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Peers - Welcome to the Sharing Economy

Peers - Welcome to the Sharing Economy

Related:  Sharing Economy & Alternatives

Don’t believe the hype: Here’s what’s wrong with the ‘sharing economy’ Editor’s note: Milo Yiannopoulos is the founder and editor-in-chief of The Kernel and yesterday he gave a talk at LeWeb London entitled “Why the Sharing Economy is Bollocks.” It certainly proved a divisive argument and today he’s summed it up in this politically-charged post. Think he’s gone too far or missed the point?

The Blind Spot: Uncovering the Grammar of the Social Field  This post is a bit longer than usual. But if you are interested in the invisible dimension of leading profound social change -- and in a blend of action science and consciousness to illuminate that blind spot -- it may be worth the read. My father is a farmer.

10 Ethics Trends for 2010 It’s a new year, and a time for resolutions, plans and even some bold predictions. Since I work with organizations that are trying to ensure that they have consistently civil, inclusive and lawful treatment in their workplaces, my view of what will happen in 2010 comes through a particular prism, incorporating legal, societal and political influences. Here are the 10 trends that I believe organizations will see unfolding in and around their workplaces this year: 1. How To Design For The Sharing Economy The definition of ownership is changing. We are becoming less interested in owning products and accumulating wealth through long-term purchases. Instead, we crave experiences, seeking out things without much of a financial or time investment, and have a newfound appreciation of bargains and second-hand possessions (a song about thrifting is leading the Billboard charts as I am writing this). We increasingly consume products and services through renting, sharing, and purchasing subscriptions. Being “socially connected” is no longer just about having a lot of people to share your news with; these days, it’s about having a lot of people to share your stuff with--either for free or at a fraction of the market fee.

The Sharing Economy Just Got Real The legal problems of the sharing economy just got real. The latest lawsuits against "ride-sharing" companies Lyft and Über could be game changers. The plaintiffs are drivers who give rides to strangers for money, paying a portion of their earnings to the companies. The class action lawsuits argue that the drivers should be classified as employees of the companies. Regardless of the outcome, the lawsuits call attention to the potential harms arising from the non-sharing parts of the sharing economy.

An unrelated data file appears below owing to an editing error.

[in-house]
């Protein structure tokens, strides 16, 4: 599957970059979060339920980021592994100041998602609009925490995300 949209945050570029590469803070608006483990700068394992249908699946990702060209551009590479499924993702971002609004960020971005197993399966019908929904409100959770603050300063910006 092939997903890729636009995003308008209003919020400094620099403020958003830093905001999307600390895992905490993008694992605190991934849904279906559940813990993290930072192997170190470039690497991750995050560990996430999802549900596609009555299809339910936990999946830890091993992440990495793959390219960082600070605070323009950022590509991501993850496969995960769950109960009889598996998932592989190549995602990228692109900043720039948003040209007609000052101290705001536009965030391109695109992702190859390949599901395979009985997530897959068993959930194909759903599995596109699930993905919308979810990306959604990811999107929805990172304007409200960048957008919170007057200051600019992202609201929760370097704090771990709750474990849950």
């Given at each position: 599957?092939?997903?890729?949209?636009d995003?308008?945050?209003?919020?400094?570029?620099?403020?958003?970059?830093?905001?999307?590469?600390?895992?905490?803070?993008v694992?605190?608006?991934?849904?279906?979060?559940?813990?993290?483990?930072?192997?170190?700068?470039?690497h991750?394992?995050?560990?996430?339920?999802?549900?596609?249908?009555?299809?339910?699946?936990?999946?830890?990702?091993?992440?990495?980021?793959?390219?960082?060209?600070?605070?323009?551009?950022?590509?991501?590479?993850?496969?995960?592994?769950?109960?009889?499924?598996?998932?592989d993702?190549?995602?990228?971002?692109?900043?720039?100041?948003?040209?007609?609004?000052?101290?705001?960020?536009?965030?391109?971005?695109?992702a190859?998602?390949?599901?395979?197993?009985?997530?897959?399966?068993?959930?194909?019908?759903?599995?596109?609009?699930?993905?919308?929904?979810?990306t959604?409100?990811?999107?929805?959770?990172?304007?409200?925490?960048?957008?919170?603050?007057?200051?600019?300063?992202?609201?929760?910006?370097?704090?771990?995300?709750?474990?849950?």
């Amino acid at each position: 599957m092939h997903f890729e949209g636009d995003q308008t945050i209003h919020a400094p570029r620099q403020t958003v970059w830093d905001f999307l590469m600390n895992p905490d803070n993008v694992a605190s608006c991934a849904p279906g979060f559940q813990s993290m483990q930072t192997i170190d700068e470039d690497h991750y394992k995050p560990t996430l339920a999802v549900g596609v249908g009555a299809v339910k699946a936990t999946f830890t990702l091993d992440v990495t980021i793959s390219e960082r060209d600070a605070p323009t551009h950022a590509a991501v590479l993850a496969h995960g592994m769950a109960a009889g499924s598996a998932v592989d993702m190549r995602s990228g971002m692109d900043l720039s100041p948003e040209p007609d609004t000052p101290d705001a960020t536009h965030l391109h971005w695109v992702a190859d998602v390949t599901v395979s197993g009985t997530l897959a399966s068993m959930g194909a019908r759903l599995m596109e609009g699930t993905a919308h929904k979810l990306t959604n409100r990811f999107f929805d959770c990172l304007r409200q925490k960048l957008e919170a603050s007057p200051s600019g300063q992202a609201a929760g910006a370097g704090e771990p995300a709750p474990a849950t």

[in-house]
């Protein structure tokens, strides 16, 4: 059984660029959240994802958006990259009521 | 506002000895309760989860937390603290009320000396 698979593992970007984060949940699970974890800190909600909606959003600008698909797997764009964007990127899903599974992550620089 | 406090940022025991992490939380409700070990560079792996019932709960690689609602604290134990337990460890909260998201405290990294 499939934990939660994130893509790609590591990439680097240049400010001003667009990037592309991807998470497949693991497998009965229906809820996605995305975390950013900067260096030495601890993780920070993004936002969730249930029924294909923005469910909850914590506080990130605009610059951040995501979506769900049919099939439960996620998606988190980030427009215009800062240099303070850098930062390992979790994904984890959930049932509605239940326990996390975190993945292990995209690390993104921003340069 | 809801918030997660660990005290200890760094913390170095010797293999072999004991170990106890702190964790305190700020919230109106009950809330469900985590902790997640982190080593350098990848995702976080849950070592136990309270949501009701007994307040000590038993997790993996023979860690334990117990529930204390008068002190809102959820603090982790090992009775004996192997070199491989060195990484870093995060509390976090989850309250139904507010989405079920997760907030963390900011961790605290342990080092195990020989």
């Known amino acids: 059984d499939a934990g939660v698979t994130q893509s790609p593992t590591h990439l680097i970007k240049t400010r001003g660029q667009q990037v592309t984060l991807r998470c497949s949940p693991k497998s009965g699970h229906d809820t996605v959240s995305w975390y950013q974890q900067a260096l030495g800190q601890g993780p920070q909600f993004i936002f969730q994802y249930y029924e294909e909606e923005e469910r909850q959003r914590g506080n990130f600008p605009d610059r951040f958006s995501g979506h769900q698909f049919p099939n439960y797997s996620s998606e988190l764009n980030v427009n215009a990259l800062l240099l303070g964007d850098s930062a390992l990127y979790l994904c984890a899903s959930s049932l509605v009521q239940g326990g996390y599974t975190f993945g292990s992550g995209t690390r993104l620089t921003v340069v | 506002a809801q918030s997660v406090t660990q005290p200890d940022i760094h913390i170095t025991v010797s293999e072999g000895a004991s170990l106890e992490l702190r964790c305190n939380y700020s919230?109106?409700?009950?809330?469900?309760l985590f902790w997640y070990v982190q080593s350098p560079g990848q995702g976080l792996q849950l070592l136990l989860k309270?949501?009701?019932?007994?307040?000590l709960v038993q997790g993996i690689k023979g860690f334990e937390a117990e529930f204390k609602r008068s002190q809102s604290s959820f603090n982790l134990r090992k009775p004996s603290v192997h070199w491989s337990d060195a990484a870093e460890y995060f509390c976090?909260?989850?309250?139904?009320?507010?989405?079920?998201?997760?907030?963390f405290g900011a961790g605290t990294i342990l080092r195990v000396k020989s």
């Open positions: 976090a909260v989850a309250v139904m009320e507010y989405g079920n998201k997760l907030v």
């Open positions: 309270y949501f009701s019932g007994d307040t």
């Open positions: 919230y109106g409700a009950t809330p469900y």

Theory U Introduction Theory U proposes that the quality of the results that we create in any kind of social system is a function of the quality of awareness, attention, or consciousness that the participants in the system operate from. Since it emerged around 2006, Theory U has come to be understood in three primary ways: first as a framework; second, as a method for leading profound change; and third, as a way of being - connecting to the more authentic of higher aspects of our self. HofficeHoffice is a network aiming at creating fantastic, free work spaces – and make it thereby possible for people to realise their dreams. The work spaces are free of charge, as we are using a during-the-day underused resource: our homes. They become fantastic, as we use methods of structuring the day that allow us as individuals to benefit from the support and intelligence of the collective. And here is how that looks like: But even though there is a structure, you are very welcome to ignore it, keep working while the others take breaks, come and go whenever you want.